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Protection brackets

Open a newspaper or turn on your television and you will see how often unexpected events lead to tragic consequences for some unsuspecting soul. When we hear or read that well-known throwaway phrase “Your home is at risk if you not keep up repayments on a mortgage” few of us stop to consider that being unable to pay could happen to anyone.

How do IFAs get across the notion of protecting loved ones through life cover and protecting standards of living and dignity through critical-illness insurance, disability cover and income protection?

Apart from trying to explain that medical advances mean we are living longer and surviving previously considered fatal illnesses or setting out the consequences of not having the appropriate cover, by the time most IFAs point out the demise of the welfare state and the increased frequency of serious illness, many customers will have lost the will to live anyway.

Put that scenario together with the fact that, in many pure protection policies, there is usually no prospect of a cash return unless you have to claim on the policy and you quickly realise that selling protection products is never easy.

But it is a profoundly important issue that potentially affects everyone, from the typical example of a young family with children to the ever increasing number of single-person households through to more mature customers looking to protect growing extended families.

When you consider that most people acknowledge the need to plan to provide income when they retire, what about if income stops before that time, when potential liabilities are most pressing?

The often quoted statistics of people with no life cover at all or only enough to cover their outstanding mortgage is frightening and the trend is continuing, with many Isa mortgages entailing no life cover and lenders reluctant to store assigned life policies with title deeds. There may even be a connection with the demise of the endowment culture that included life cover or changes as couples break up or even because low interest rates allow more people on lower income levels to buy their own homes.

Whatever the reason, the problem is increasing and when you consider that even fewerpeople have critical-illness cover or income protection, despite the fact they are more likely to need to claim on these policies than on life cover, we, as an industry, need to work on breaking this logjam.

I can understand most people are fearful of committing to paying policies for great lengths of time, especially when job security is volatile, relationships break up and children come along when least expected.

Many of these life events also prompt the need for a move of house or a change to protection arrangements.

That is why I believe the only way the industry will make inroads into the dire need for protection is by making the products and advice we offer more flexible and tailored to individual needs and the process of accessing schemes easier.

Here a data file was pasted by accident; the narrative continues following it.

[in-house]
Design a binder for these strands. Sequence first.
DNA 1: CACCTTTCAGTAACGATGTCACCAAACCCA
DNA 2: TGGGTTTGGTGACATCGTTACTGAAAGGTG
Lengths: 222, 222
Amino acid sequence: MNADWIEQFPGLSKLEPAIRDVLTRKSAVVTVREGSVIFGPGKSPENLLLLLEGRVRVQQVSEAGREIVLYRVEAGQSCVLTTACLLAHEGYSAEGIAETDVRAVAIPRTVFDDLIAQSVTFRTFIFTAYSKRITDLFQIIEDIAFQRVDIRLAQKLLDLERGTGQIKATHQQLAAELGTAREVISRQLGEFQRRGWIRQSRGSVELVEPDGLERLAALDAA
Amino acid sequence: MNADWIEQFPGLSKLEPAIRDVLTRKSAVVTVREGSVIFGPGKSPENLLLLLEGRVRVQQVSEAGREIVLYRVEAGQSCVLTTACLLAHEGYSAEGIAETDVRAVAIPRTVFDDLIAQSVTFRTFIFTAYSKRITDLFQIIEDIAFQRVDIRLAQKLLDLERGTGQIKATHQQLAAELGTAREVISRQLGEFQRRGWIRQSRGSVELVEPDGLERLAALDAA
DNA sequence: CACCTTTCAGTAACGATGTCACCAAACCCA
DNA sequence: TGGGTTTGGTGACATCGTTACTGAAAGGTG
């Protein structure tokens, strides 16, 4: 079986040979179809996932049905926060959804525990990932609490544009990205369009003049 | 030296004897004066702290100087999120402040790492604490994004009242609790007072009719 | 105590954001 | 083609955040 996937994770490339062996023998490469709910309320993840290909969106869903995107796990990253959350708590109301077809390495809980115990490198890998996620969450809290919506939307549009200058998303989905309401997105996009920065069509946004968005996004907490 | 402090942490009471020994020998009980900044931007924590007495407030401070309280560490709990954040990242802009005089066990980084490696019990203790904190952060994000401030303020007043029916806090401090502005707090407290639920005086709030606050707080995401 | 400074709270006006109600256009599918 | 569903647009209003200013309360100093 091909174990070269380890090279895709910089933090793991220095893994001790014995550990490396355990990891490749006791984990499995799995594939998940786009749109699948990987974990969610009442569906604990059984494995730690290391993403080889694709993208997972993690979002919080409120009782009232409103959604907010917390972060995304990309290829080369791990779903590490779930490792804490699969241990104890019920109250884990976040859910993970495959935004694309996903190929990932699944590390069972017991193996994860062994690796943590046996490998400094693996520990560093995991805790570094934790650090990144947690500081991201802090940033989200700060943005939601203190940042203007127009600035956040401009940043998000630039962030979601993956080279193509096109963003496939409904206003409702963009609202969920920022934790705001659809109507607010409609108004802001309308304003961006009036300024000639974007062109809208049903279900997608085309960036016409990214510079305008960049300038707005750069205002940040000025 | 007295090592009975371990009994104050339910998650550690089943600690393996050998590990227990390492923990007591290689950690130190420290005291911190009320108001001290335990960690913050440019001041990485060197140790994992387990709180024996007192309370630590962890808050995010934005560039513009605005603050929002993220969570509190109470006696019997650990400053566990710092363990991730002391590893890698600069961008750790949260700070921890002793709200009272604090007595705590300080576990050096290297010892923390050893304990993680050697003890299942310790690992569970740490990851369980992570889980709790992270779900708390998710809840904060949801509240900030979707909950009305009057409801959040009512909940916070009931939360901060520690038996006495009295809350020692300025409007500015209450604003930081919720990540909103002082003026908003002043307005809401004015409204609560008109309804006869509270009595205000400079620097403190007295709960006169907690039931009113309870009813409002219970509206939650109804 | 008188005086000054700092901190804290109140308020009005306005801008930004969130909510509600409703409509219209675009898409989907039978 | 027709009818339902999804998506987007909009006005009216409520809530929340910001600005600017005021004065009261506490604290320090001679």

But we must do this without compromising on the support and remuneration provided to IFAs because the professional advice they provide remains crucial to our future.

Let me give you an example. People move house about every six years. At each move, they need to review their financial circumstances to include life cover to support any additional borrowing, increased monthly mortgage payments and increased income protection, rebuilding savings or investments which may have been depleted.

This review may also provide an opportunity to review policies to ensure rates are competitive or that any investment element is performing as required or whether pension funds are receiving adequate contributions to take most advantage of tax treatment.

Mortgage lenders are already becoming aware of this changing trend towards the need for flexibility and, along with the introduction of flexible mortgage loans, insurers must respond with flexible protection products.

This does not mean we should compromise on providing comprehensive cover. In fact, it should mean we can offer more comprehensive cover tailored to provide all relevant options to clients&#39 personal circumstances.

To do this, we also need to communicate a change in mindset to clients – namely that cover against critical illness, disability or prolonged periods of ill health are not additional nice to have bolt-ons but are essential components of any cover package.

Affordability is anintegral issue but should only determine which products are less essential to provide from current available finances and when a review to include other options may be appropriate.

Even first-time buyers, with the greatest outgoings against income and thus the greatest protection need, should consider cover for all avenues. But, at the same time, a single person with no dependants should not automatically be sold a decreasing term plan to cover a mortgage. It is a case not of one size fits all but fitting cover to the needs. Formulaic sell-ing is dead and that is why advice is so crucial.

IFAs are always cost-conscious but if cover for life, health and income can all be provided in one package from one company that provides flexibility throughout the pol-icy term, customers are likely to be more comfortable. The IFA will save time in admin while continuing to earn standard rates of commission. Clients who are happy they have an appropriate and comprehensive tailored package are less likely to be swayed by low-cost, simplistic, scaled-down products offered by phone or on the internet.

Add to that the experience, knowledge, service and reassurance displayed by an independent insurance professional who demonstrates how individual components best meet clients&#39 needs and customers will recommend the peace of mind to family and friends.


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